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Biliary Duct Dilatation: AJR Expert Panel Narrative Review.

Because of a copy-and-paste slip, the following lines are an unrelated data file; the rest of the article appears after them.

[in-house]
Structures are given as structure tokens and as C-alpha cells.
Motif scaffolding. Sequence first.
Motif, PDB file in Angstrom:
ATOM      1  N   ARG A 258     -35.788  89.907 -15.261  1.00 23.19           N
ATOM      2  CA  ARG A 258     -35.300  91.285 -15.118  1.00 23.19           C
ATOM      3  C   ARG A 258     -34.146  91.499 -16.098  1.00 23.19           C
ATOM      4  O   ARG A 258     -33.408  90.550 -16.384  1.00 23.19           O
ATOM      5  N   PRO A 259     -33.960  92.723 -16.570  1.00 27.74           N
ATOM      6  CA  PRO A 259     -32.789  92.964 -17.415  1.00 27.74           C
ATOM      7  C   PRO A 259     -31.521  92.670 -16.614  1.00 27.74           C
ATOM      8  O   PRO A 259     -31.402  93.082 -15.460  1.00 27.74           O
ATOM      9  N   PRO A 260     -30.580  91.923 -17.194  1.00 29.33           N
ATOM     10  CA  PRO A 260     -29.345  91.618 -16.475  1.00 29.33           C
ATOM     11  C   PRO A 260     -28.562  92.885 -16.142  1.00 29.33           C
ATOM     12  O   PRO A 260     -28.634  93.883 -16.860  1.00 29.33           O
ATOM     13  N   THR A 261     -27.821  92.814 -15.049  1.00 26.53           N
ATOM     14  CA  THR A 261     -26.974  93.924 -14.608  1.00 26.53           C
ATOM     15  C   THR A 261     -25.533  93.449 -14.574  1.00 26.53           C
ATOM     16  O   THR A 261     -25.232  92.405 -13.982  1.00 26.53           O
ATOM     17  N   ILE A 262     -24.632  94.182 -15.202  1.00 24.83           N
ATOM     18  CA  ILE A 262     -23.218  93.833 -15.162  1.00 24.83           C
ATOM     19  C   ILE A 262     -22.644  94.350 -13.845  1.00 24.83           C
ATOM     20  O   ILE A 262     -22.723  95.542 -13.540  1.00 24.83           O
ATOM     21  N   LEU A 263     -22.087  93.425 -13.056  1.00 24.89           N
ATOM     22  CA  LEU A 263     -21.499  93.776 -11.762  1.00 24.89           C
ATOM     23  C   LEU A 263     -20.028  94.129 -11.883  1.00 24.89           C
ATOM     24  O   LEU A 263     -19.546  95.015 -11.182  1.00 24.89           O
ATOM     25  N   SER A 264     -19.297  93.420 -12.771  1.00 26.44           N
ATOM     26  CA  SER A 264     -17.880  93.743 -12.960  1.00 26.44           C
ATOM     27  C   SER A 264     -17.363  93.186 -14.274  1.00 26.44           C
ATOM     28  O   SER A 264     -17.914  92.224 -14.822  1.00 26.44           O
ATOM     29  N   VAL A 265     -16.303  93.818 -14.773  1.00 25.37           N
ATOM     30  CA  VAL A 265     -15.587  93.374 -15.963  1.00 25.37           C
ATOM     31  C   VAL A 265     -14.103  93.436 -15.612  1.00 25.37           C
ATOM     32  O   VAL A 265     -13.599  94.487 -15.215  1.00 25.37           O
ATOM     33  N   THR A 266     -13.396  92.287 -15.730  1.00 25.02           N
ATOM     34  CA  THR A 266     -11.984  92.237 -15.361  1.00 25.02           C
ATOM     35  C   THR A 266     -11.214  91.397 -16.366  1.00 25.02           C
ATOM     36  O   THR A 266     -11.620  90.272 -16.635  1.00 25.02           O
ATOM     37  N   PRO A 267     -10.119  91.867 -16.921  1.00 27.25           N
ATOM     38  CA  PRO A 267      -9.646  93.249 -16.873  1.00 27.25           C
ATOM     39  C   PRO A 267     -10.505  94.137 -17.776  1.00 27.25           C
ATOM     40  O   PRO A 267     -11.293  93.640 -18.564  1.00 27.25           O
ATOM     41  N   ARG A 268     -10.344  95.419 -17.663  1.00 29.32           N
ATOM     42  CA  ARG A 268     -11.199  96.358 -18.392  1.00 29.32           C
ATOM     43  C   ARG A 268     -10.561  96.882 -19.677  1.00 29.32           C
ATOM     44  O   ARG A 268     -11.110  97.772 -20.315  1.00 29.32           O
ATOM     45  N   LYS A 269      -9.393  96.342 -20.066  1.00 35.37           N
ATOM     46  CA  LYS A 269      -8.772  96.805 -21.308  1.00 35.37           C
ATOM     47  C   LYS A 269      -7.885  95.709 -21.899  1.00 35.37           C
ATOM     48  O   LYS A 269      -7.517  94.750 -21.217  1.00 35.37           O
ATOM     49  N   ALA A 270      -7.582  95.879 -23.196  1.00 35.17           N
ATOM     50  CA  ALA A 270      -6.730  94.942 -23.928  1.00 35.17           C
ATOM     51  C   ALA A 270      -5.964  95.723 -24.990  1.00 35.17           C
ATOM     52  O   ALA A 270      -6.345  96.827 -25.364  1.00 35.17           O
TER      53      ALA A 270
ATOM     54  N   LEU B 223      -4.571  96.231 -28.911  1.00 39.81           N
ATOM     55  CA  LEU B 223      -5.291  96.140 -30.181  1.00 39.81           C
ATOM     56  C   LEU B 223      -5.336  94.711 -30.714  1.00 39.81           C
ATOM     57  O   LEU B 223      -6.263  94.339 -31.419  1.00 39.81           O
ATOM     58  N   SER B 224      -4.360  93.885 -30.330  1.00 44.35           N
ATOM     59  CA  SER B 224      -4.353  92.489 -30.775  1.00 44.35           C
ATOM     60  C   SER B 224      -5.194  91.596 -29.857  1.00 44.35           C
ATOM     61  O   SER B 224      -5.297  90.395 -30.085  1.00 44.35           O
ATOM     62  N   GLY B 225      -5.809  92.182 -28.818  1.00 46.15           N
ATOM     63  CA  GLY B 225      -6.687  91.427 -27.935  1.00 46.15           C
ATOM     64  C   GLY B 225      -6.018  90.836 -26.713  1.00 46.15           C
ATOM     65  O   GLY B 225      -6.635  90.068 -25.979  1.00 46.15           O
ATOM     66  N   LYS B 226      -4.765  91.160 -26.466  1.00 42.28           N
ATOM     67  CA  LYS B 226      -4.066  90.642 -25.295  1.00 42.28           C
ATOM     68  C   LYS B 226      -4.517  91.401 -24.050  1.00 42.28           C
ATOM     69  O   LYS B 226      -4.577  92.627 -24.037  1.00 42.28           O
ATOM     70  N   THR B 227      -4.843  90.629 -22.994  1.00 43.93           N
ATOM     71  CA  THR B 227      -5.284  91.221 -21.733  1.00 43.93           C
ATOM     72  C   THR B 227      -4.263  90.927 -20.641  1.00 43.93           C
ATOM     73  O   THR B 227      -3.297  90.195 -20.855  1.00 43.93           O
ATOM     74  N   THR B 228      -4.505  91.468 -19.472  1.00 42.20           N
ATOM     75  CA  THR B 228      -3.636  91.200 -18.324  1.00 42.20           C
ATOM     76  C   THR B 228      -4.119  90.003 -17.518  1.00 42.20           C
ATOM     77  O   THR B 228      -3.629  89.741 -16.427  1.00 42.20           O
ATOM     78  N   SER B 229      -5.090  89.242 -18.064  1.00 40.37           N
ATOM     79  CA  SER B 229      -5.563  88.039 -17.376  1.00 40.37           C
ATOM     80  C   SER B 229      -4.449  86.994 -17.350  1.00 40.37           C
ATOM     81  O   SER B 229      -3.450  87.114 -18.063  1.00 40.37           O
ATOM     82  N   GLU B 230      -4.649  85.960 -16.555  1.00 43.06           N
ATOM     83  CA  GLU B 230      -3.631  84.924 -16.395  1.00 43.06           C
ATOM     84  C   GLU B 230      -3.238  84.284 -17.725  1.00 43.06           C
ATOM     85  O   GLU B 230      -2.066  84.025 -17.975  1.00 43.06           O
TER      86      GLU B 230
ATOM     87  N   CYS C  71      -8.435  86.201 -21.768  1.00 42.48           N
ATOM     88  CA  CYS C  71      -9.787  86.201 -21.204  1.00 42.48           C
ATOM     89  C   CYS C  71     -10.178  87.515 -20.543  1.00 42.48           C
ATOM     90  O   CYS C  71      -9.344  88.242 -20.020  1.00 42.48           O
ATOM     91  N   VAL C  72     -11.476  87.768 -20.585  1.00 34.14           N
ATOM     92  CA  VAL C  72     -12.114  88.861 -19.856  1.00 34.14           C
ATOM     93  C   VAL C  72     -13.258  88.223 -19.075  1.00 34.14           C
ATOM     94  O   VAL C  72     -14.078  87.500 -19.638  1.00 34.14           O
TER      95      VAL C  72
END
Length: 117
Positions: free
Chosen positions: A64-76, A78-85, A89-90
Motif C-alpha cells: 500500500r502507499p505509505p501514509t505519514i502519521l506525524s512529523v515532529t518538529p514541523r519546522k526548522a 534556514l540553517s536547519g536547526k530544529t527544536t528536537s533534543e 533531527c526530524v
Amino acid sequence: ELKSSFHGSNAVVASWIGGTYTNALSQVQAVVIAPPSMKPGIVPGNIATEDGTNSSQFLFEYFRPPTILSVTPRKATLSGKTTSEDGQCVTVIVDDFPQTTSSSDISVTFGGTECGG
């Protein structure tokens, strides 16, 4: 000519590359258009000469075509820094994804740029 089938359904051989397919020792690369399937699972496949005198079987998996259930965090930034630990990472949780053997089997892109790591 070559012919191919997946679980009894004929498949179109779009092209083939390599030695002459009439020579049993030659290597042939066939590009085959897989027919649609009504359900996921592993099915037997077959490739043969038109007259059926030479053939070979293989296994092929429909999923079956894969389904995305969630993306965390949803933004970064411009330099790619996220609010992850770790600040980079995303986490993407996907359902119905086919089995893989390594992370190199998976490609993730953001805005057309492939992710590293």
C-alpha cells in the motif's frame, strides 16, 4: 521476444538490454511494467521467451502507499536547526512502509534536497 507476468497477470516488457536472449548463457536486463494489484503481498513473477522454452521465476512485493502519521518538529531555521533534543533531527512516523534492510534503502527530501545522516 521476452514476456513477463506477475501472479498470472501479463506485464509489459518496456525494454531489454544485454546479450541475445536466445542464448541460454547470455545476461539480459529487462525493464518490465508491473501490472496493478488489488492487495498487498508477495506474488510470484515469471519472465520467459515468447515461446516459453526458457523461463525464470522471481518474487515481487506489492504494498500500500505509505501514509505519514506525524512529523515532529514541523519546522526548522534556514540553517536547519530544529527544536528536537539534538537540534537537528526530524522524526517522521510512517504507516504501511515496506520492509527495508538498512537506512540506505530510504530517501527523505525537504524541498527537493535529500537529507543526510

Biliary duct dilation is a common incidental finding in practice, but one unlikely to indicate biliary obstruction in the absence of clinical symptoms or elevated liver chemistries. However, the clinical presentation may be nonspecific, and the liver chemistries either unavailable or difficult to interpret. The goal of this article is to review a series of topics fundamental to the management of biliary duct dilation, providing consensus recommendations in a question-and-answer format. We start by covering a basic approach to interpreting liver chemistries, strengths and weaknesses of the biliary imaging modalities, and how and where to measure the extrahepatic bile duct. Next, we define criteria for biliary duct dilation, including patients with prior cholecystectomy and advanced age, and cover when and if biliary duct dilation can be attributed to papillary stenosis or sphincter of Oddi dysfunction. Subsequently, we discuss two conditions in which the duct is pathologically dilated but not obstructed: congenital cystic dilation (i.e., choledochal cyst) and intraductal papillary neoplasm of the bile duct. Finally, we provide guidance on when to recommend obtaining additional imaging or testing such as endoscopic ultrasound or ERCP, and include a discussion of future directions in biliary imaging.

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